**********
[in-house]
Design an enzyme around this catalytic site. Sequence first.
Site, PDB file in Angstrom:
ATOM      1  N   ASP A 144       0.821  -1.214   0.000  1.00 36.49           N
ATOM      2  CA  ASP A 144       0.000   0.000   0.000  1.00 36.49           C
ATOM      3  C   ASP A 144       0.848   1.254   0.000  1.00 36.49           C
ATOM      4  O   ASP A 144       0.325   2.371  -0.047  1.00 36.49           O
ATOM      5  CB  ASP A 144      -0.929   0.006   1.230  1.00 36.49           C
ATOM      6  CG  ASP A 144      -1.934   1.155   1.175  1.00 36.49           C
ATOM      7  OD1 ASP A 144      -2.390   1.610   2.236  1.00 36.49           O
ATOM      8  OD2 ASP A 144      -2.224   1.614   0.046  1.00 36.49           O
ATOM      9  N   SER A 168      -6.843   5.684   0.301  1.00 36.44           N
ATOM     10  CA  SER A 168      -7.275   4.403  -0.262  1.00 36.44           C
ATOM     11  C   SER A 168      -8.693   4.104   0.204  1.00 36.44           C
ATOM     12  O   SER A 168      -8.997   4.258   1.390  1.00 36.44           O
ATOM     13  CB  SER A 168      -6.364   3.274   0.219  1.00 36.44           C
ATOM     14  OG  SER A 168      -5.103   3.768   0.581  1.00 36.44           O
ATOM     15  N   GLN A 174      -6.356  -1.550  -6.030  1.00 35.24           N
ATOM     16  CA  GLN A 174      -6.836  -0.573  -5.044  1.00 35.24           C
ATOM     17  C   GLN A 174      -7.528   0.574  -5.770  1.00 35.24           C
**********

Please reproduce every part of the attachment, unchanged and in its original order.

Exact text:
[in-house]
Design an enzyme around this catalytic site. Sequence first.
Site, PDB file in Angstrom:
ATOM      1  N   ASP A 144       0.821  -1.214   0.000  1.00 36.49           N
ATOM      2  CA  ASP A 144       0.000   0.000   0.000  1.00 36.49           C
ATOM      3  C   ASP A 144       0.848   1.254   0.000  1.00 36.49           C
ATOM      4  O   ASP A 144       0.325   2.371  -0.047  1.00 36.49           O
ATOM      5  CB  ASP A 144      -0.929   0.006   1.230  1.00 36.49           C
ATOM      6  CG  ASP A 144      -1.934   1.155   1.175  1.00 36.49           C
ATOM      7  OD1 ASP A 144      -2.390   1.610   2.236  1.00 36.49           O
ATOM      8  OD2 ASP A 144      -2.224   1.614   0.046  1.00 36.49           O
ATOM      9  N   SER A 168      -6.843   5.684   0.301  1.00 36.44           N
ATOM     10  CA  SER A 168      -7.275   4.403  -0.262  1.00 36.44           C
ATOM     11  C   SER A 168      -8.693   4.104   0.204  1.00 36.44           C
ATOM     12  O   SER A 168      -8.997   4.258   1.390  1.00 36.44           O
ATOM     13  CB  SER A 168      -6.364   3.274   0.219  1.00 36.44           C
ATOM     14  OG  SER A 168      -5.103   3.768   0.581  1.00 36.44           O
ATOM     15  N   GLN A 174      -6.356  -1.550  -6.030  1.00 35.24           N
ATOM     16  CA  GLN A 174      -6.836  -0.573  -5.044  1.00 35.24           C
ATOM     17  C   GLN A 174      -7.528   0.574  -5.770  1.00 35.24           C